Many innovative biotech drugs are packaged as injections in pre-filled syringes which contain the correct concentrations and amounts. Due to their molecular structure, it is essential that protein medicines are administered parenterally. Based on experience, many producers and users know that particularly with pre-filled syringes the medication comes into contact with more materials than is the case with other types of packaging. Not only that, compared to powder or solid ingredients there is a higher probability that liquid medicines will interact with materials in the primary packaging As a general rule, liquid preparations are more likely to leach dubious substances out of the primary packaging than is the case with powder or tablets.
Eprex is a case in point which illustrates the serious consequences of this type of interaction. The medication had to be taken off the market for a time in 2001. Analysis showed that the polysorbate-80 used by the manufacturer as a stabilizer leached organic compounds out of the uncoated rubber stoppers during storage. This resulted in precipitation and formation of micelles which in some cases led to serious immunological reactions in patients.
Intelligent Design and New Dosage Forms
Active ingredients in syringes come into contact with all of the parts made of glass, plastic, metal and adhesive as well as the silicon oil lubricant. Schott has introduced a new design which reduces possible interaction between the active ingredient and the primary packaging. The intention is to provide a level of safety for sensitive active ingredients similar to that of pharmaceutical vials. The channel which connects the hub and the needle in the new syringes is made of flexible plastic. A seal keeps the liquid passageway closed during storage. The medication cannot come into contact with the metal needle or the adhesive in the syringe during shipment and storage. For added quality, tamper-proofing makes it immediately obvious whether the syringe is new or has already been used.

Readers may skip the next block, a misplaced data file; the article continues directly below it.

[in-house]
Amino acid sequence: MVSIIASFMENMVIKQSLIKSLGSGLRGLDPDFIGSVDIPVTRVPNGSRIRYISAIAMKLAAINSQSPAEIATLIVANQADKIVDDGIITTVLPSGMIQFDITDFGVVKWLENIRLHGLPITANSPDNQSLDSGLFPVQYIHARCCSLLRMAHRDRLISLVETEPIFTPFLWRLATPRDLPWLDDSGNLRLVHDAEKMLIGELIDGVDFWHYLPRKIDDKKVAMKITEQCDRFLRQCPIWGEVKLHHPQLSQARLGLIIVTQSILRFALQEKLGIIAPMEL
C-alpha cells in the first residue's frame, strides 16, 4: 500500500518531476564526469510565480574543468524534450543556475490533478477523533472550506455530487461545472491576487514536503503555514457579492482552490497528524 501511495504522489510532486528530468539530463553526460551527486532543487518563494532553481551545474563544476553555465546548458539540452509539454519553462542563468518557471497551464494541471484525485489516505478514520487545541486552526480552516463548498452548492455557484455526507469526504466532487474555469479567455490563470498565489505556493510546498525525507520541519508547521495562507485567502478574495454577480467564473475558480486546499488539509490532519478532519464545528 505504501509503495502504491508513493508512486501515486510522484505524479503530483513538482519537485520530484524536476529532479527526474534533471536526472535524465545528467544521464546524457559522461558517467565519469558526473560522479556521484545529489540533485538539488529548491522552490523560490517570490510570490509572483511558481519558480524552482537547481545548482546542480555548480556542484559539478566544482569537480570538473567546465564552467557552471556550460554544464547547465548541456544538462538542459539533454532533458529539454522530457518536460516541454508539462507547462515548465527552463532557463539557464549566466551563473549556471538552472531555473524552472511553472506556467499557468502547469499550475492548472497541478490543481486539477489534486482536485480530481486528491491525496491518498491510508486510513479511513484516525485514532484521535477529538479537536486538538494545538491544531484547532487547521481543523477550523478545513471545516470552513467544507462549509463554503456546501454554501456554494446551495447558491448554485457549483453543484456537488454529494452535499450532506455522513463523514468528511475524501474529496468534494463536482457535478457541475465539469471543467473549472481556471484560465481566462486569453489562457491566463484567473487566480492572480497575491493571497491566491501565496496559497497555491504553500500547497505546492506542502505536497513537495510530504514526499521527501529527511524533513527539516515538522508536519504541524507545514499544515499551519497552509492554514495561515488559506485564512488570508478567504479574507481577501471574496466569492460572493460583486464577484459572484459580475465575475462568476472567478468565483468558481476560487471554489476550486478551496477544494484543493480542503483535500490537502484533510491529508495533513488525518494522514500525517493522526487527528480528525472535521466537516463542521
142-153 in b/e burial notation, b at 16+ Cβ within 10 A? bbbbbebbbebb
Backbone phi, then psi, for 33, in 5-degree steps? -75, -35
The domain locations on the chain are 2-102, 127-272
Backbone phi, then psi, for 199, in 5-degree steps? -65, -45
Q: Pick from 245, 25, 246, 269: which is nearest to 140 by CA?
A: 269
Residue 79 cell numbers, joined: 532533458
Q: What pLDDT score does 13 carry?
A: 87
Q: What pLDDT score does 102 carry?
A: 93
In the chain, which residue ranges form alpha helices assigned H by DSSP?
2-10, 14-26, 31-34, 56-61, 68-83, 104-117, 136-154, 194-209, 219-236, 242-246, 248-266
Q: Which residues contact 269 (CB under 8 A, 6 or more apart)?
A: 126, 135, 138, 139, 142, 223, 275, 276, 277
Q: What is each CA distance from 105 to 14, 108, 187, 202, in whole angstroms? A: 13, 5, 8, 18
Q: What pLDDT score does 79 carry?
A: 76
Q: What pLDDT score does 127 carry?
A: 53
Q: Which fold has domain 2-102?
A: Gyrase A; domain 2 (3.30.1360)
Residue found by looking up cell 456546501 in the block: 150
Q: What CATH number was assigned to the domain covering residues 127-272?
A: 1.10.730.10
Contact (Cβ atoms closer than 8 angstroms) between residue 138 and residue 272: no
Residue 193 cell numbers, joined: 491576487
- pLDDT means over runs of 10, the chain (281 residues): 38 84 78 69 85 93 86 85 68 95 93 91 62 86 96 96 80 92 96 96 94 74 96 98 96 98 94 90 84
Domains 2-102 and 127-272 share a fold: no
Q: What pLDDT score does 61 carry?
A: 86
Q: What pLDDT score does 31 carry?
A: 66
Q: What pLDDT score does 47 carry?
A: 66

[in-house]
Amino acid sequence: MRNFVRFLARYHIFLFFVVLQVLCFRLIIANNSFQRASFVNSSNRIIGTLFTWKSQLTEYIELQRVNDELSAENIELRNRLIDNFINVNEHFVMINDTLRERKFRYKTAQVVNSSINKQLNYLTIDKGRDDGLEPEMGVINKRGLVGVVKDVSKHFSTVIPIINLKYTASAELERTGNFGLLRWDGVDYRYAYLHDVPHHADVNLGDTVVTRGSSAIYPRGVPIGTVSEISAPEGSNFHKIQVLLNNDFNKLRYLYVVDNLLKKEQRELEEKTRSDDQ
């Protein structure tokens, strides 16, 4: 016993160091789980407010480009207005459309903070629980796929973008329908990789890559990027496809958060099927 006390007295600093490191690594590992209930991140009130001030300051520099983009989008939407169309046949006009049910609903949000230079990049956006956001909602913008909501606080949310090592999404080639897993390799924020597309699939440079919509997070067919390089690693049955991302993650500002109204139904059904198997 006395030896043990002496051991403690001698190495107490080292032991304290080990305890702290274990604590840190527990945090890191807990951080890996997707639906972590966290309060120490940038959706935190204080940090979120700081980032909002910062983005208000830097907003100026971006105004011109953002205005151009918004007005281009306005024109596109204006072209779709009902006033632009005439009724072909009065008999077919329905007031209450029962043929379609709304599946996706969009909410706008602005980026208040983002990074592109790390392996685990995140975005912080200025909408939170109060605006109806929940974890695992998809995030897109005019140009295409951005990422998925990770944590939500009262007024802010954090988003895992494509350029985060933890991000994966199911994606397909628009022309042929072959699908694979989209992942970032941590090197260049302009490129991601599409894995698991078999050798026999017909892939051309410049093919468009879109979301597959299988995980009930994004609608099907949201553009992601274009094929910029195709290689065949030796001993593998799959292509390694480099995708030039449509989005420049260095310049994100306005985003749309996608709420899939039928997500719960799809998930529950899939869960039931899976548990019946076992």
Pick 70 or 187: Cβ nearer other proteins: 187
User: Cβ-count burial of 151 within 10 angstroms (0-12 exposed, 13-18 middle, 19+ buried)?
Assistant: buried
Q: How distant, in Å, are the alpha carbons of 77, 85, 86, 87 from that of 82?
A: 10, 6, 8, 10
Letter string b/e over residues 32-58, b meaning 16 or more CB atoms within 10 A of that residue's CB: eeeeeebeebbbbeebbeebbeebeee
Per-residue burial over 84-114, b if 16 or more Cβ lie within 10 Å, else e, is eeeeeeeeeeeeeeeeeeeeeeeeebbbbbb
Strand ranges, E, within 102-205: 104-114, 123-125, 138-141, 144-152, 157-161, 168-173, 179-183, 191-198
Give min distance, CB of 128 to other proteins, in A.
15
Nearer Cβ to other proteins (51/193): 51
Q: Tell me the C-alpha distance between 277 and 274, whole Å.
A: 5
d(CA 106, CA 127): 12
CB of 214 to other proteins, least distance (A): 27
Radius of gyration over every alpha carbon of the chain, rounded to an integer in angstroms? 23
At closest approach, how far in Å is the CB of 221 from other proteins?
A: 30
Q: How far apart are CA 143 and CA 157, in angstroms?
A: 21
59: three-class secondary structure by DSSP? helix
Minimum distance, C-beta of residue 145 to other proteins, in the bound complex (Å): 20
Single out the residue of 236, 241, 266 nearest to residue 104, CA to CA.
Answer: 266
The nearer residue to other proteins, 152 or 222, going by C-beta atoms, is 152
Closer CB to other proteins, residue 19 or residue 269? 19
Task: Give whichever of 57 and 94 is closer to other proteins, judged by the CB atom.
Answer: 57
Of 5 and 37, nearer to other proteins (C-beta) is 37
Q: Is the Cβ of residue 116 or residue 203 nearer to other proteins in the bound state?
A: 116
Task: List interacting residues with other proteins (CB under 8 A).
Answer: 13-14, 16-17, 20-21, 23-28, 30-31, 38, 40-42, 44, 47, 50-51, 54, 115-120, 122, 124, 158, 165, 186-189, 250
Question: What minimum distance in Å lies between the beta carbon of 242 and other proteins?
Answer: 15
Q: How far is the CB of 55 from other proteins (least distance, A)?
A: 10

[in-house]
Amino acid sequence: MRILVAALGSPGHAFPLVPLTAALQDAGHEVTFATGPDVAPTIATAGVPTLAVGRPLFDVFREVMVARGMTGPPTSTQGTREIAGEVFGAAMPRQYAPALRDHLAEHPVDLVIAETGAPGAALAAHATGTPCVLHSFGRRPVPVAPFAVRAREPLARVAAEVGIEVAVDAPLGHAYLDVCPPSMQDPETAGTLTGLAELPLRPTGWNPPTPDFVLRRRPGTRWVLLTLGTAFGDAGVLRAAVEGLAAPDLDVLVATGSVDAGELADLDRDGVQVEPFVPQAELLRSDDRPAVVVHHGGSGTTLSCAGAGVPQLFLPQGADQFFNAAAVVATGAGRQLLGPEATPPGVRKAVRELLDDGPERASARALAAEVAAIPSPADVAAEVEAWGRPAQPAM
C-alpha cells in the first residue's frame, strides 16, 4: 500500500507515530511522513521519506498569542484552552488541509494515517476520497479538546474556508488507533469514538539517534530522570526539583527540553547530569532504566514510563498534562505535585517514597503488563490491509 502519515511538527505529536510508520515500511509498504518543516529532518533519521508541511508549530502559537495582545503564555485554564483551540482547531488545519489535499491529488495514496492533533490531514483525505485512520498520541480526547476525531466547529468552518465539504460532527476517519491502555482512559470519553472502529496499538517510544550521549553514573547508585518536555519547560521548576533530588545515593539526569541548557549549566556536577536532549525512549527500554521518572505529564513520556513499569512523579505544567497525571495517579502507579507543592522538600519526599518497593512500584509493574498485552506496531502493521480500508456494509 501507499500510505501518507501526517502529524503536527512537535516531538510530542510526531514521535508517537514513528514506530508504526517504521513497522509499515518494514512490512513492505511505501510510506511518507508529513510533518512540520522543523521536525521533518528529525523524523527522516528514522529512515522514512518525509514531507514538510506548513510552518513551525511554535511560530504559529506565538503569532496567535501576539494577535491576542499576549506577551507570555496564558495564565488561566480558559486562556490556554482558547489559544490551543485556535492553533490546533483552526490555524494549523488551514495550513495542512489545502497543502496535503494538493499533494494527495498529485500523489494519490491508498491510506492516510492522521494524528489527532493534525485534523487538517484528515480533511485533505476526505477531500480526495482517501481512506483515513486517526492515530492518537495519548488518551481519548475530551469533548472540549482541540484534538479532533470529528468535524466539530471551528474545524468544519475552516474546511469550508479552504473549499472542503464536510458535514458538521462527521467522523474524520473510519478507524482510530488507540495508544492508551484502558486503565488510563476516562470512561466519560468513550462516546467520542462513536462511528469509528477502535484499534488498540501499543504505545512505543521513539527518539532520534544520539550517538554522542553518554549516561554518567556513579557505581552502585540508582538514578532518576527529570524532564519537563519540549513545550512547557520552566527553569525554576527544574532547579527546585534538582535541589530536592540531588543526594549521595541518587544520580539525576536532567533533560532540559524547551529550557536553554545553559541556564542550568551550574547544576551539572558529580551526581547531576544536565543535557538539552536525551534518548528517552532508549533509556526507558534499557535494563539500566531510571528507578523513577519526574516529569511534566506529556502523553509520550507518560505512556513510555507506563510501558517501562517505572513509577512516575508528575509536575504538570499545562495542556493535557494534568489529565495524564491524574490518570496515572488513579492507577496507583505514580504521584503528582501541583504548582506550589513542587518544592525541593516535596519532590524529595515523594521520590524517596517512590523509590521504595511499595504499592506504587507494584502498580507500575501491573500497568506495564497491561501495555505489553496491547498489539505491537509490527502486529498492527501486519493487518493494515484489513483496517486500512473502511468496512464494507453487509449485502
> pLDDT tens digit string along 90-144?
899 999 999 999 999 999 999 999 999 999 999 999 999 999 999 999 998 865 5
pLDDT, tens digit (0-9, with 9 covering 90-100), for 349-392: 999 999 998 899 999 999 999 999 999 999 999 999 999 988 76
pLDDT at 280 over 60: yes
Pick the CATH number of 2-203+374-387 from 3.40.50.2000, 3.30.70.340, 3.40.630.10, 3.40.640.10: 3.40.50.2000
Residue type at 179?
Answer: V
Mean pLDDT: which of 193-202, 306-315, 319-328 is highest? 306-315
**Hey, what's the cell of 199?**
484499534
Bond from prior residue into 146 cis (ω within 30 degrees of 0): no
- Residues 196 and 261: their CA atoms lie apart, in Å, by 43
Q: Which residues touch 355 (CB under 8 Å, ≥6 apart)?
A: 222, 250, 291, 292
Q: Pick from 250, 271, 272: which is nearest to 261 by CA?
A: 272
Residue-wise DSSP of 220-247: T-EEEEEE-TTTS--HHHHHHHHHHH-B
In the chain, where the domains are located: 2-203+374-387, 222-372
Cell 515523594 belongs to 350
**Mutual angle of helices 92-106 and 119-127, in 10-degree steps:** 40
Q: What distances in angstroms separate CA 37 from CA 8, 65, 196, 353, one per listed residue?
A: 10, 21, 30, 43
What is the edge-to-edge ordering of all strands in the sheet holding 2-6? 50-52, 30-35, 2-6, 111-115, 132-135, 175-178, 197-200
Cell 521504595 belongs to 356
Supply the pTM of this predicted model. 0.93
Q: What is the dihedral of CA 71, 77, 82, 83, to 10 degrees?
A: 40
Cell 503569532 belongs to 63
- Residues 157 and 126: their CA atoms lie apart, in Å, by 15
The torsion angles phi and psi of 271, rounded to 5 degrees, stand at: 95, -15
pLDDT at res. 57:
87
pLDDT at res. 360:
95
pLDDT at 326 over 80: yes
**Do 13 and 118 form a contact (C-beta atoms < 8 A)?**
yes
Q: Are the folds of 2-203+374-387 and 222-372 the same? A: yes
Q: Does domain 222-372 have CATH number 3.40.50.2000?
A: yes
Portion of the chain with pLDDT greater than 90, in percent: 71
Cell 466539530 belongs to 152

Developers show almost limitless creativity. A subsidiary of Harro Höfliger has developed a straw for children and the elderly which can be used to administer the active ingredient in pellet form. Patients can ingest the medication along with their favorite beverage. Exact dosing and a control filter ensure that the correct dose is taken.
Process Integration and Flexibility Right Through to Filling
Packaging is by no means excluded from the major trends in the process industry. The strategy is to supply solutions rather than products. Manufacturers must offer a broad range of technologies covering as much of the value-add chain as possible.
A number of acquisitions and partnerships in recent months reveal the tendency to offer one-stop shopping. Romaco acquired Innojet Herbert Hüttlin in order to be able to provide engineering solutions for the entire production and packaging process of pharmaceutical solids. In December 2014, Bosch Packaging announced the formation of a joint venture with Klenzaids to supply complete lines, particularly for the Indian market. Bosch Packaging supplies process water treatment, fermentation, filling, packaging and quality control systems from a single source. Klenzaid specializes in cleanroom and process technology.
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